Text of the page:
of Johnstone's lands and tilled and sowed them; Bells had "beaten the servants of
the goodman of Bonshaw, taken their ploughs and forcibly tilled their land. " John-
stone admits retaliatory proceedings, in which some of his "puir folkis hes coft pairt
of thair awin geir bak agane." ¹ In a list of Johnstone outrages on Lord Sanquhar's
tenants in 1599 is the complaint of Janet M'Millan that they had burnt her house
of "twa hous (i.e. rooms) hicht with a laich hall," etc. ² Already, however, despite
the King's weakness for him, ³ the Privy Council had in 1598 denounced Sir James
Johnstone of Dunskillie (as he is now generally entitled) for detestable slaughters and
bloodshed, his slaying of Maxwells and "honest men of the Sanquhar," and his per-
sistence in a "maist wyld and bludie cours," for all which he was put under sentence
of outlawry, none to hold any communication with him. ⁴ But by August 1600 the
wild and bloody Johnstone was Warden again. ⁵
Such being the conditions of life on the West March in the second half of the 16th
century, one grasps the significance of its great equipment of all degrees of defensive
dwellings from the castle proper to the mere stone house. Every man who could afford
it found it incumbent to have some sort of dwelling not easily forced or inflammable
from outside. ⁶ So are explained, too, the various reconstructions and rebuilding still
in many cases dated upon such of the structures as survive.
The next century saw the beginning of the great change which followed on the
accession of King James to the throne of England. That a new spirit and a fuller
power affected the Government was shown in the last act of the Johnstone-Maxwell
feud. In 1607, at a prearranged meeting of the two heads at "Achnanhill," ⁷ which was
to prepare a reconciliation, Johnstone was assassinated. but Lord Maxwell could not
now outface the consequences. To avoid arrest he had to say "good-night" to Scotland:
"Adieu! Dumfries, my proper place,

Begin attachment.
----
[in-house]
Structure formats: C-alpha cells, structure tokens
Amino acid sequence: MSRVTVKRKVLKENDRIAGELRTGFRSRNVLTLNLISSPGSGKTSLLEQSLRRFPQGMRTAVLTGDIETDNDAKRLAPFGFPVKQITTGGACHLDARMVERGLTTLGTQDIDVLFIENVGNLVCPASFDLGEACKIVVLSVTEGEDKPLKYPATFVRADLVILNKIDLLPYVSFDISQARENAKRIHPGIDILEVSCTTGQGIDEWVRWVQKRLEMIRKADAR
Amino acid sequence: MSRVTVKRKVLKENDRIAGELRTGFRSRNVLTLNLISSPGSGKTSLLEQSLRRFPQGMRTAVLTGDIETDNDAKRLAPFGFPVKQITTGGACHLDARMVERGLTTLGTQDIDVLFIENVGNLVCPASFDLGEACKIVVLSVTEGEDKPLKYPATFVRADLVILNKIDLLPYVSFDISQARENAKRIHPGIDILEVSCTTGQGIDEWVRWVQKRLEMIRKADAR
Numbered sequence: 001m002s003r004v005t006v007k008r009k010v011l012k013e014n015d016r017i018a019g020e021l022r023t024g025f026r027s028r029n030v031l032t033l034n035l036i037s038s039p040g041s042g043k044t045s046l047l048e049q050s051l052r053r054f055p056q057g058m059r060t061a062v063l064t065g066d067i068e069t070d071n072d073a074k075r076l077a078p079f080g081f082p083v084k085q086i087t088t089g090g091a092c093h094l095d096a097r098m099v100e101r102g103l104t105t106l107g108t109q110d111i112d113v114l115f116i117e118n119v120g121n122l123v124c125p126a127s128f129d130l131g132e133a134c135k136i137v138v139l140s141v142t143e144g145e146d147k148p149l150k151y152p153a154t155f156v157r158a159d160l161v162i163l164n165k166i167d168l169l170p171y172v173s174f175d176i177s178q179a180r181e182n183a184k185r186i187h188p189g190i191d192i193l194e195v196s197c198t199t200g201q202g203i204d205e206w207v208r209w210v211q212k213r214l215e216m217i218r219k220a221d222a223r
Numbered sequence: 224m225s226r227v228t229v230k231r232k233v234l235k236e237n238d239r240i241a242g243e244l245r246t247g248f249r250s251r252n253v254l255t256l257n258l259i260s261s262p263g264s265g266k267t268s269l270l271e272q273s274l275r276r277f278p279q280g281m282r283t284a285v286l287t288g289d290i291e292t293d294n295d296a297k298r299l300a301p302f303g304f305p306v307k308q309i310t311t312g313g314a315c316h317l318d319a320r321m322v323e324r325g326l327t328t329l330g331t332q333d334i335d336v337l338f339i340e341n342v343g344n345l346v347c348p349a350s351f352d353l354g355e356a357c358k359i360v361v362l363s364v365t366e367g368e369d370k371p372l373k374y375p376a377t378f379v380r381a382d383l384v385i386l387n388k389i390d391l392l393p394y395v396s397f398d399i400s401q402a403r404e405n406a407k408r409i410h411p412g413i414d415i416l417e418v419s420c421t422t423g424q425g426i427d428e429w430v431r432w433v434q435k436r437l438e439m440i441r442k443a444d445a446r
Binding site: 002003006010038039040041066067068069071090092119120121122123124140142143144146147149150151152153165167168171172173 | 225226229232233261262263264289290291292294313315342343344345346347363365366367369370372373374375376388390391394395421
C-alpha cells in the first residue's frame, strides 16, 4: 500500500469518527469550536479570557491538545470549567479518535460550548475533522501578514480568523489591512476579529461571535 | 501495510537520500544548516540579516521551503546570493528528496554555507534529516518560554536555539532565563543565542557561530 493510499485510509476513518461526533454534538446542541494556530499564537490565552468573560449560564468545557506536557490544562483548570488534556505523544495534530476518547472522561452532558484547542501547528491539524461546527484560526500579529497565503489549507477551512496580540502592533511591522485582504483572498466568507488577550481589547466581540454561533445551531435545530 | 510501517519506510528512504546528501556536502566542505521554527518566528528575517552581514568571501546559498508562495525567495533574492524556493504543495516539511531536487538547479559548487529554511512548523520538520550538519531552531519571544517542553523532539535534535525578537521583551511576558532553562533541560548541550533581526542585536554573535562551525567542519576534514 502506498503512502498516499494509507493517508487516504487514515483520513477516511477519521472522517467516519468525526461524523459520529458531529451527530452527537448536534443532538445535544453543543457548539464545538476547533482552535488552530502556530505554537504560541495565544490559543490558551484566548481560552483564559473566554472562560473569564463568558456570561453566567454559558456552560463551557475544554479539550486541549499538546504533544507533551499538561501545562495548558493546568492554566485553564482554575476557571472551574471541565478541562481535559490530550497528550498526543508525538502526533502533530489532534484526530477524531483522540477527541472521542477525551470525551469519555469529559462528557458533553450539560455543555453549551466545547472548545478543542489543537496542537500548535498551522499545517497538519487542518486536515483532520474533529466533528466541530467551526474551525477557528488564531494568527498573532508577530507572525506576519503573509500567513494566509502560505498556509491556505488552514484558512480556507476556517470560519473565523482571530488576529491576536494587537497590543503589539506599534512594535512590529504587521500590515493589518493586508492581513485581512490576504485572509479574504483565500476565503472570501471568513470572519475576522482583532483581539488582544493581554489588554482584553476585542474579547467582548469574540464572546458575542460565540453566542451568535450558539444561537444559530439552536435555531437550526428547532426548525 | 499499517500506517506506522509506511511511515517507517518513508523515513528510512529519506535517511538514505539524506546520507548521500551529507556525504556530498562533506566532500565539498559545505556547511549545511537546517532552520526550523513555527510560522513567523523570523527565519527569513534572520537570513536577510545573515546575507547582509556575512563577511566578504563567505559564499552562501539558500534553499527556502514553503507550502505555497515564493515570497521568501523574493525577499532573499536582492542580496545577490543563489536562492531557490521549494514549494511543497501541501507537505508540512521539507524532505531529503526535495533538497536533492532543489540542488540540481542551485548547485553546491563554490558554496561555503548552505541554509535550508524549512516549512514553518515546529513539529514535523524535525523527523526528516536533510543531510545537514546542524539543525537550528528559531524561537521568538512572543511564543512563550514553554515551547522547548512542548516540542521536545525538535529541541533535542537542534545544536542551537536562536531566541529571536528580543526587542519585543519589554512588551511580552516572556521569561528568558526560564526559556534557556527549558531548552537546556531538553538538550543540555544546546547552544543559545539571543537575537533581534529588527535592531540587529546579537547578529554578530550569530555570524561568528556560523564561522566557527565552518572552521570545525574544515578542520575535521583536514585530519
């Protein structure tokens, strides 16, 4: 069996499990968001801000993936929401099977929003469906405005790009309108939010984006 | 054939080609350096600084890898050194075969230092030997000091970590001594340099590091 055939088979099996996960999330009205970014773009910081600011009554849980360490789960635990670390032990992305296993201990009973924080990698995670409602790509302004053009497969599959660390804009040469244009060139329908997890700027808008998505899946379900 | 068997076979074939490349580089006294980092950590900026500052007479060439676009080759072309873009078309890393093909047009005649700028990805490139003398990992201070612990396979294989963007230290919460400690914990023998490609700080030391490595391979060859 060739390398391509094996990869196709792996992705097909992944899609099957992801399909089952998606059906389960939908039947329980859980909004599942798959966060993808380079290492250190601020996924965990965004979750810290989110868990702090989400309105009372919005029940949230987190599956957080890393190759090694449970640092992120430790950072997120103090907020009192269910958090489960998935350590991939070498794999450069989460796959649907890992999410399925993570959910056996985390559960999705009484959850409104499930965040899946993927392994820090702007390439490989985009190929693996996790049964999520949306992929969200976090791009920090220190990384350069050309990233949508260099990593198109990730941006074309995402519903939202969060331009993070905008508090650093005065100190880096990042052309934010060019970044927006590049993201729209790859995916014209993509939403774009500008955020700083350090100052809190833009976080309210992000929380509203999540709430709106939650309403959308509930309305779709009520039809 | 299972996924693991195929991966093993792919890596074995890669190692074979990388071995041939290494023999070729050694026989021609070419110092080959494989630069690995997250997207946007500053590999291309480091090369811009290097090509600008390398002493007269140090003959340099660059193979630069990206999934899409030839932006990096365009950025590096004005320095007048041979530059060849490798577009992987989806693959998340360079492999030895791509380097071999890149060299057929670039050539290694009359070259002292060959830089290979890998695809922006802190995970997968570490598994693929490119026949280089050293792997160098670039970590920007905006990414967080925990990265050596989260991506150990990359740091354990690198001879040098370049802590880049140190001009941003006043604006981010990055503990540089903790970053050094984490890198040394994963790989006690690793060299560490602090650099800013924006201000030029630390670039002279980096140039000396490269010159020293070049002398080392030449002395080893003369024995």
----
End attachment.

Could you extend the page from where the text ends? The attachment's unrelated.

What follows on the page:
But and Caerlaverock fair!"
In 1613 he ventured back to Scotland, was arrested, and suffered the death penalty
at Edinburgh. Estates and honours were forfeited, but five years later restoration
was initiated in favour of the heir, a younger brother, who, further, in virtue of the
loss of the earldom of Morton, was in 1620 created Earl of Nithsdale.
The Union of the kingdoms in 1603 obliterated the Borders in a political and
administrative sense. They were now "the verie hart of the cuntry." ⁸ Still, much
in the way of special measures had to be taken, and it was a long time ere the peculiar
features of Border life were completely eliminated. Some years before the Union
the Government had come to the conclusion that one origin of Border malpractices
was neglect of religion, ⁹ and initiated a movement towards the rebuilding of churches,
which seem generally to have been in a ruinous condition. Then it was found that
in certain quarters "the povertie of the inhabitantis" was so great that neither
could kirks be repaired nor ministers supported unless adjacent parishes were united.
Thus came about the uniting in 1609 of groups of parishes, served by a new church
in a central position: Little Dalton, serving Meikle and Little Dalton and Mouswald;
Cummertrees and Trailtrow having a common church at Cummertrees: Redkirk
and Gretna at Gretna; Kirkpatrick and Kirkconnell at Kirkconnell; Middlebie,
"Tundersachs," and Carruthers at the first named; St. Mungo and Tundergarth at

1 Johnstone MSS., p. 37.
2 Reg. P.C., vi. p. 115.
3 Border Papers, ii. No. 546.
4 Acta Parl., iv. p. 166; Birrel's Diary, p. 46.
5 Border Papers, ii. No. 1231.
6 See map on p. lxiii.; and cf. note on p. lxii.
7 Spottiswoode, ii. p. 191.
8 Reg. P.C., vi. p. 560.
9 Johnstone MSS., No. 87, p. 40.


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